The MPEG-4 AVC 1080p transfer on this disc (aspect ratio: 2.40:1) looks pretty great, even if 'Surrogates,' on the whole, isn't a very handsome-looking movie.
The 'Surrogates' world isn't one of oppressive darkness or of overwhelming color. Instead, scenes are sort of glowingly hued: the "human" sections of the town are warmer, with a more golden hue; while much of the "Surrogates" world has the steely cold blue hue of an early James Cameron movie. Plus, the movie is chock full of unconvincing visual effects, with digitals effects (there's a lightning effect that looks like it was lifted out of 'Ernest Goes to Jail'), prosthetic effects and the post-production de-aging techniques (as seen in 'Wolverine,' with the weirdly angelic Patrick Stewart) all looking even phonier in high definition.
All that said, the transfer still looks pretty good. Oliver Wood (the 'Bourne' films) shot the movie, which has all the sheen of a typically slick Hollywood action movie. Skin tones look good when they're supposed to (on humans) and waxy when they're not (on the surrogates), the level of detail and texture is spot-on, blacks are deep. The movie looks noticeably "clean," without much in the way of grain, and the only glaring technical issue is a few distracting instances of noise. Beyond that, it's bug free.
Overall, it's a strong presentation of a movie that was only okay-looking to begin with.
More impressive is the meaty DTS-HD Master Audio 5.1 mix. Even though a major complaint about the film that it dissolves into a series of boom-crash-bang action set pieces, those boom-crash-bang action set pieces are brought to vivid life here.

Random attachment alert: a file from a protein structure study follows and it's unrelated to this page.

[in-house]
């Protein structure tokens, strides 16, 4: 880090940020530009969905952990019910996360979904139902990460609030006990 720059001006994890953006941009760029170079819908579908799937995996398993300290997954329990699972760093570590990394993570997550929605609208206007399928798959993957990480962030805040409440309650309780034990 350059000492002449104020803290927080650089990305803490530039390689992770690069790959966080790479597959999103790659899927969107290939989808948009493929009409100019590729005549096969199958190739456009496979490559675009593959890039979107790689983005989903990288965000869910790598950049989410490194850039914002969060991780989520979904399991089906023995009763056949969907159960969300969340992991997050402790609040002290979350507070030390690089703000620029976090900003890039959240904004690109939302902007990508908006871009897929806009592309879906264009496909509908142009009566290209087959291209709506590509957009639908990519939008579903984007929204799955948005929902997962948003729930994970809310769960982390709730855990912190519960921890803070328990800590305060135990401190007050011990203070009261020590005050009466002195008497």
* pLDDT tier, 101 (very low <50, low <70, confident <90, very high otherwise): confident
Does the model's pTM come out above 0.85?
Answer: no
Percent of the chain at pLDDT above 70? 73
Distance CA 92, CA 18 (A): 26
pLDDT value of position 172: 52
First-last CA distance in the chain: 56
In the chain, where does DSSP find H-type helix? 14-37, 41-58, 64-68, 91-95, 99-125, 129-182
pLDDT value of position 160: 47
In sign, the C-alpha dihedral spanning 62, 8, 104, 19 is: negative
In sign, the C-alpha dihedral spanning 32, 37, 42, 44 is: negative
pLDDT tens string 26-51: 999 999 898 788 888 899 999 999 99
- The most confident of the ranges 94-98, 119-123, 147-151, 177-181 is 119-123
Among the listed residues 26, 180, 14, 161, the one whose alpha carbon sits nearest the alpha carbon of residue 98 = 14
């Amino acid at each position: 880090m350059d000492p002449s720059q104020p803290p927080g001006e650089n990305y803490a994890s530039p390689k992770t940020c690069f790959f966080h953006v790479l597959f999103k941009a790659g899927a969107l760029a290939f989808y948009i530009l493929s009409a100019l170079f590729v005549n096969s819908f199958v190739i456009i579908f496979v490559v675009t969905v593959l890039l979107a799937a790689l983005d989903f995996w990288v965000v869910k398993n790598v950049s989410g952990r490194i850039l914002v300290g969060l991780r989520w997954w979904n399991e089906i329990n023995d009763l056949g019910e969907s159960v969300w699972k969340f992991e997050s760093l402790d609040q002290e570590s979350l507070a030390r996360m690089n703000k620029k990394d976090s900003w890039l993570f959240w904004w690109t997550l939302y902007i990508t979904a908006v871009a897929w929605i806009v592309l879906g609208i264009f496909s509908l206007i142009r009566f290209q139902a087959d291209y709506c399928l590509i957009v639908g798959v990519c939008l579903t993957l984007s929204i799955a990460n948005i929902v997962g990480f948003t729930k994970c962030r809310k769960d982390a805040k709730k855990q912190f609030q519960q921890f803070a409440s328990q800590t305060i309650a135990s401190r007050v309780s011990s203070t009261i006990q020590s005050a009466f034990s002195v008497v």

The mix is immersive and atmospheric in quieter scenes, with dialogue crisp, clear and well prioritized. But all of this makes way for full-on, surround-sound shake the couch theatrics later on. There's a scene where a helicopter crashes and it's one of the more bombastic action sequences I've heard on Blu-ray. Elsewhere, the surround mix envelops you, as cars zoom across screen and secret plots are uncovered.
What's nice about this mix is that even the quieter scenes (which, granted, are few and far between) are awarded the same intense precision as the muscular action sequences. Some may feel the sheer outrageousness of the louder scenes overwhelms the quieter ones, but I disagree. This is a perfectly modulated mix, through and through.
Additionally, audio in French Dolby Digital 5.1 and Spanish Dolby Digital 5.1 are included, as well as subtitles in English SDH, French, and Spanish.
There are a fair number of special features on this disc, but very few of them are interesting or worth your attention.
'Surrogates' offers just enough intrigue (and a genuinely gonzo performance by Ving Rhames) to give it a rental recommendation. The video is pretty good for a film that isn't all that striking visually, it's got a really great audio track, and a few extras that aren't all that interesting. Those looking for the bold science fiction fun of previous Bruce Willis outings like '12 Monkeys' or 'The Fifth Element' will be disappointed. Everyone else who is bored and wants an above-average episode of 'Outer Limits,' well, you've come to the right place.